Next up, the Western style Capitalism is still alien in these parts of the World at that time. We are not talking of the late 80s or 90s but 40s and 50s. Education and even basic facilities and opportunities were hard to come by for a vast segment of the population. It would still be largely socialist and would probably be an open economy but still controlled.
The religion mattered less to the Ruling class. Jinnah was a Non-Practicing Muslim, Neharu was an Agnostic and they wouldn't care any religious aspects as long as their vote bank is fulfilled and they are secure. We don't know who they would ally with but I could see this class with an affinity to the Soviets too as they need to weaken and Secularize religions at any cost, to secure the rule and the future of the Country, otherwise which, you could have insurgencies in the more religious parts like Pashtun regions and the poorer Muslim and probably even the poorer Hindu and Sikh regions.
The country could develop as a Secularist(borderline state-Atheistic) and a Socialist economy for at least four decades as I see it. Once the population is Secularized enough and the economy is decent enough, the Govt could finally take off restrictions.
The central government would also have to give a lot of autonomy to the provinces. China can get away with a heavily centralized government because over 90%+ of the country shares a language (written, at least).
It would help, yes. The 'Hindustani Belt*' would be demographically dominant, but not that much so.
(*: Yes, we can I think take it as given that Delhi would at least for official matters try to downplay the Hindi/Urdu split and regularize the Devanagari/Nasta'liq transliteration system)
At least in the 1940s, was it possible for Muslims to take part in a voting block with the hardline (and right-leaning) Hindus, against a secular Congress Party?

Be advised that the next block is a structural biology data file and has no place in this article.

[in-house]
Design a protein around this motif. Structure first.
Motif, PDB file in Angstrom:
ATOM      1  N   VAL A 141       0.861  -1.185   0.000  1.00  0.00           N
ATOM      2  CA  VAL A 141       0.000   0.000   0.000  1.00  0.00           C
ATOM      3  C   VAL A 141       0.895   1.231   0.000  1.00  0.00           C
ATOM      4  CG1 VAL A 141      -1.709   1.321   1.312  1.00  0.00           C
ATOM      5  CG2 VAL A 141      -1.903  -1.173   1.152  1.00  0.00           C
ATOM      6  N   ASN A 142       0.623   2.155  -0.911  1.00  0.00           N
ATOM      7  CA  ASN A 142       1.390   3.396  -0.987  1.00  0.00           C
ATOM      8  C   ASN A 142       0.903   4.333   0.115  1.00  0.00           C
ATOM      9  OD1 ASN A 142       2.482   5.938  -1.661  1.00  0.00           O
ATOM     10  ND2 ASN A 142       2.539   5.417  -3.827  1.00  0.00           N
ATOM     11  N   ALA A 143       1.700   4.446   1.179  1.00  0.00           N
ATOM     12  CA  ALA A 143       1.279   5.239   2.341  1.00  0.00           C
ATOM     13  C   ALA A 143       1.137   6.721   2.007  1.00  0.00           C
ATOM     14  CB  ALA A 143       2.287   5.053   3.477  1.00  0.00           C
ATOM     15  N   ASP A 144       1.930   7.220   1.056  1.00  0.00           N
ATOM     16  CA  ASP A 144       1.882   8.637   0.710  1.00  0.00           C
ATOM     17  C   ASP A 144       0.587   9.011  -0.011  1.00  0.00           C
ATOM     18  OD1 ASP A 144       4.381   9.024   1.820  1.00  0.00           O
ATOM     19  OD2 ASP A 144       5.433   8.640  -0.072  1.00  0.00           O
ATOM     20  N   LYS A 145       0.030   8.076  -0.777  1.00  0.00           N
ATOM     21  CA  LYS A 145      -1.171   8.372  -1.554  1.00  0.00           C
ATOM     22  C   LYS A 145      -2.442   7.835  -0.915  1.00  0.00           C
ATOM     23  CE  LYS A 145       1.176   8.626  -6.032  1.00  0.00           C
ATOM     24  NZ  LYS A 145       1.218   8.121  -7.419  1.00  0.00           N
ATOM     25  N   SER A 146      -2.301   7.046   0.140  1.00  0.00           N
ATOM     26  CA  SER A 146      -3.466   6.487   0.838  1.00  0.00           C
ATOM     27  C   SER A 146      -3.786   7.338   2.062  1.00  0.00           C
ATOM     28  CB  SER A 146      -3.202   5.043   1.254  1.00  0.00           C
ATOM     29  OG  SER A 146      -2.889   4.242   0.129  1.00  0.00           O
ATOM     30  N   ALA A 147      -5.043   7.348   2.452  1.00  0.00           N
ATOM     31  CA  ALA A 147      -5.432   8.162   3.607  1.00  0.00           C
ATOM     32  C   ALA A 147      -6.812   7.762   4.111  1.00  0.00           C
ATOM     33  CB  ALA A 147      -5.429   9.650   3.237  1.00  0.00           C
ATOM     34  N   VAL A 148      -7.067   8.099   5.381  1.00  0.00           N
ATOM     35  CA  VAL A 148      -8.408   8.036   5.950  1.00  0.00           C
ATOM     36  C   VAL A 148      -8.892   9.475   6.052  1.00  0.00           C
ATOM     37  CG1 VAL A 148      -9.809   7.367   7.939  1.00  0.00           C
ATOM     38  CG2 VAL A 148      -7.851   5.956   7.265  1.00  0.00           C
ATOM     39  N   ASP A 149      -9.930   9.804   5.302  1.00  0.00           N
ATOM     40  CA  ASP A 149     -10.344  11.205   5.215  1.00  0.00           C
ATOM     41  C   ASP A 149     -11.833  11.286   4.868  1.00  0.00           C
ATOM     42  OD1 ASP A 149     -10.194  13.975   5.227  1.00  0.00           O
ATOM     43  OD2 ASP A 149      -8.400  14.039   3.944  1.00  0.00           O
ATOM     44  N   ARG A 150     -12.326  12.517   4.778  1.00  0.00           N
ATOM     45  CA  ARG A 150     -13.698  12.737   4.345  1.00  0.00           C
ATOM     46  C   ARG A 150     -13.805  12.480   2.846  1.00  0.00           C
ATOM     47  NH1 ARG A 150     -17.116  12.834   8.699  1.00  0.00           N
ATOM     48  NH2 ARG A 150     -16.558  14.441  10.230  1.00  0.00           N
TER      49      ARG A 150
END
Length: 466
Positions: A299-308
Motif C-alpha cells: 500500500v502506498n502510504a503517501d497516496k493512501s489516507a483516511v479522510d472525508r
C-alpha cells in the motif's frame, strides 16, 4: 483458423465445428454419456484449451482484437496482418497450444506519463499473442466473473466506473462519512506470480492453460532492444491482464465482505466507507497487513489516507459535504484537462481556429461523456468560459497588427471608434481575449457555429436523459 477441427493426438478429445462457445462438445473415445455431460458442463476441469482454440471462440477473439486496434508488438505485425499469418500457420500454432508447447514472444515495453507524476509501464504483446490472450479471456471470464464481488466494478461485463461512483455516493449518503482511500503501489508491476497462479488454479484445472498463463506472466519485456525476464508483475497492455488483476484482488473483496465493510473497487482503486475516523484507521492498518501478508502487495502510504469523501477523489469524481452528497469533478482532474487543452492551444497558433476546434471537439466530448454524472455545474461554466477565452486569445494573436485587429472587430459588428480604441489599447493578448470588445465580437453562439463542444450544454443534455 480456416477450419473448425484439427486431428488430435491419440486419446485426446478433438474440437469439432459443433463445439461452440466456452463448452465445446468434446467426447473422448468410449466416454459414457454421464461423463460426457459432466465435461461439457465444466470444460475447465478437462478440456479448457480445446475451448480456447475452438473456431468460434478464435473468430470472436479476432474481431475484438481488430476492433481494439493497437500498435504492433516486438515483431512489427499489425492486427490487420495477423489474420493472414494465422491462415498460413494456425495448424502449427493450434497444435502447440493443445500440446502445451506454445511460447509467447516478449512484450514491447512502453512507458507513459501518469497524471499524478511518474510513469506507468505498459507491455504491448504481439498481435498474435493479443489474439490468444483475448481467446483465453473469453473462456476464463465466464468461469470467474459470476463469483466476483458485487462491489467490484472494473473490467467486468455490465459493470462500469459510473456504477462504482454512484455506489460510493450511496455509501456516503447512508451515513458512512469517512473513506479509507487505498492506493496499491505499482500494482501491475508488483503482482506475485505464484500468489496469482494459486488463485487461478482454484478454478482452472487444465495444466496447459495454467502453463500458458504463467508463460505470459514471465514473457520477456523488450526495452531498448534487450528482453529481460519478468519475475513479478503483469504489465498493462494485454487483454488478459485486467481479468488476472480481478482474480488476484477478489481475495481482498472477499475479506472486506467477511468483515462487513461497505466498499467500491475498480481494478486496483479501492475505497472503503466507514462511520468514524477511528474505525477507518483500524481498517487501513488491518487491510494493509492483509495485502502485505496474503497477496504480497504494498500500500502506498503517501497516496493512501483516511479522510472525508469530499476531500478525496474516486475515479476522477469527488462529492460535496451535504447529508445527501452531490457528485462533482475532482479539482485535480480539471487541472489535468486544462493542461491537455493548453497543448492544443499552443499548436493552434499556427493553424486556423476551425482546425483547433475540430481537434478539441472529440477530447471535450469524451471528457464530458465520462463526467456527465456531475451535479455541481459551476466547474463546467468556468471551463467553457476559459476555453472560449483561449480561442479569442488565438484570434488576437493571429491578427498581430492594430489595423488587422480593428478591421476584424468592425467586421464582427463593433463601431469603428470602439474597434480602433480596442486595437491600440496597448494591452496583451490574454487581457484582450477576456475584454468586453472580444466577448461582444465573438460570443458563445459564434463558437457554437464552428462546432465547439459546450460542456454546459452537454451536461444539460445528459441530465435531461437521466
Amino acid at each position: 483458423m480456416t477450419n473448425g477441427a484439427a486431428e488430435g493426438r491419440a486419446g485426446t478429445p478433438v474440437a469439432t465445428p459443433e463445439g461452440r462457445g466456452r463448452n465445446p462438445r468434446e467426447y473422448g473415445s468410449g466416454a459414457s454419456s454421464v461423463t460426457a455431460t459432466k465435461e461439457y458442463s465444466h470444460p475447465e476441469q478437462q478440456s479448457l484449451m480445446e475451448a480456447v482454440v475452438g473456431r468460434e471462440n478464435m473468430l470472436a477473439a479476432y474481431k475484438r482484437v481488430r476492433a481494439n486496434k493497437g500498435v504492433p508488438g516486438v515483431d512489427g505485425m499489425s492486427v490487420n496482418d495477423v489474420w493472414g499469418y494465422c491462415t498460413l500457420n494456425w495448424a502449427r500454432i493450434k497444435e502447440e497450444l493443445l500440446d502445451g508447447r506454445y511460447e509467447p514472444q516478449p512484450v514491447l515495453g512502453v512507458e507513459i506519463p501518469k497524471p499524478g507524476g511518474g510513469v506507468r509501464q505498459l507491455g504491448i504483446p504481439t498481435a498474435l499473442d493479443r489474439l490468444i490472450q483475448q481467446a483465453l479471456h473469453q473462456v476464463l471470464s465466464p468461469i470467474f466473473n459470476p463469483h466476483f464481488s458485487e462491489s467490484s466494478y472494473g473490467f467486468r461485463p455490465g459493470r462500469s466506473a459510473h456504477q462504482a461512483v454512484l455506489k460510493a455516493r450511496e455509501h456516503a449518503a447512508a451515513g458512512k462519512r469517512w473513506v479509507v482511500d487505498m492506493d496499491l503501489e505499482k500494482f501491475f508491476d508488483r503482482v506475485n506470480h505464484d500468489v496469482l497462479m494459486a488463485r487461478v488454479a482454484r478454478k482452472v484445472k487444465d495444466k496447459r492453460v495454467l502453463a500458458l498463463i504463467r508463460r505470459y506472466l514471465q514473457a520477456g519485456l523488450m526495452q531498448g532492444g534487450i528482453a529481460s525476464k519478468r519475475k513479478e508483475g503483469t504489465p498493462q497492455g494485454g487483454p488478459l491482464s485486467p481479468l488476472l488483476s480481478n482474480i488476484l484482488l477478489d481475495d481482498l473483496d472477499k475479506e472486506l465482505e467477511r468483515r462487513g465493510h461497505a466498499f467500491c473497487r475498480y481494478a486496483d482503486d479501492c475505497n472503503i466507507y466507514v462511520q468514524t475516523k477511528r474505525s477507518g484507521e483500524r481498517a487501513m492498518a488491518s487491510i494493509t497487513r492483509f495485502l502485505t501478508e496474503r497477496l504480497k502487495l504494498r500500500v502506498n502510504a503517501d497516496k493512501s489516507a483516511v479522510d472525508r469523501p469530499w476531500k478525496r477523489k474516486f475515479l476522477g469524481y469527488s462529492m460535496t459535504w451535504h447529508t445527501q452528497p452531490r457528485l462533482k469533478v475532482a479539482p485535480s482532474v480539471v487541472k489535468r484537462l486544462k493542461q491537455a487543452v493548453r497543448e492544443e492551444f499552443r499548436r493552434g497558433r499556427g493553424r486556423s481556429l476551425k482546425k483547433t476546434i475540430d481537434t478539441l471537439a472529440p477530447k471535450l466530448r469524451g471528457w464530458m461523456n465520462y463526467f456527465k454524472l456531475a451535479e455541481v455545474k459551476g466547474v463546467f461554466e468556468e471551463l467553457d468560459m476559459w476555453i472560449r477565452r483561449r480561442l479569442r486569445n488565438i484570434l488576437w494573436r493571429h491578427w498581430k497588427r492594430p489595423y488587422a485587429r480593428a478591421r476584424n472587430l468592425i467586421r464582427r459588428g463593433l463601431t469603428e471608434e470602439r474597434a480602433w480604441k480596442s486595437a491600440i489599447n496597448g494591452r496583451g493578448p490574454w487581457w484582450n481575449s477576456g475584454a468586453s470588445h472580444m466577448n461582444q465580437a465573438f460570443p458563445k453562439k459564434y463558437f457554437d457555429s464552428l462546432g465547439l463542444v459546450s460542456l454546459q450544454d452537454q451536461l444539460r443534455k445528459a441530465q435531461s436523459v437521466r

Pakistan has always been much more right-leaning than India, and she remains a bit poorer.
If there was significant provincial autonomy on cultural rights and such, the right leaning Hindus and Muslims could probably field some coalition governments.
Long ago, adherents to the four major religions (Hinduism, Jainism, Sikhism, Islam) lived together in harmony. Then everything changed when the Brits attacked with the partition line. My grandfather told me that my great-grandparents' little rural town in India was diverse; there were roughly equal amounts of Hindus, Jains, and Muslims (but fewer Sikhs). Nobody held radical supremacist beliefs. When it was Diwali, Muslims used to celebrate alongside the Jains and Hindus. When it was Eid, Hindus and Jains used to celebrate with the Muslims. There was apparently a very convivial atmosphere in the town until 1947 when the Muslims went to Pakistan and the townspeople welcomed the new arrivals from Sindh.
Since the Muslims got their own country, Islamic fundamentalism and nationalism were ramped up to levels not seen for a long while. Heck, even Abu Akbar's Mughal Empire was more tolerant towards non-muslims than modern Pakistan. Reactionary politicians were elected in both India and Pakistan and "cold war" ensued, and bigotry rose to new levels.
I personally believe that the friendliness Indians had towards each other during Raj rule was because of the "enemy of my enemy is my friend" mentality. However, under a United India, there would be much less hate towards the "other religions" though you might see sporadic instances of anti-Hindu, anti-Muslim hate. For a United India to thrive, I believe it must have a strong and secular central government. If a United India was a confederation of sorts, it would be a total disaster IMHO as some local princely leaders would try to enact religious law which would cause violence.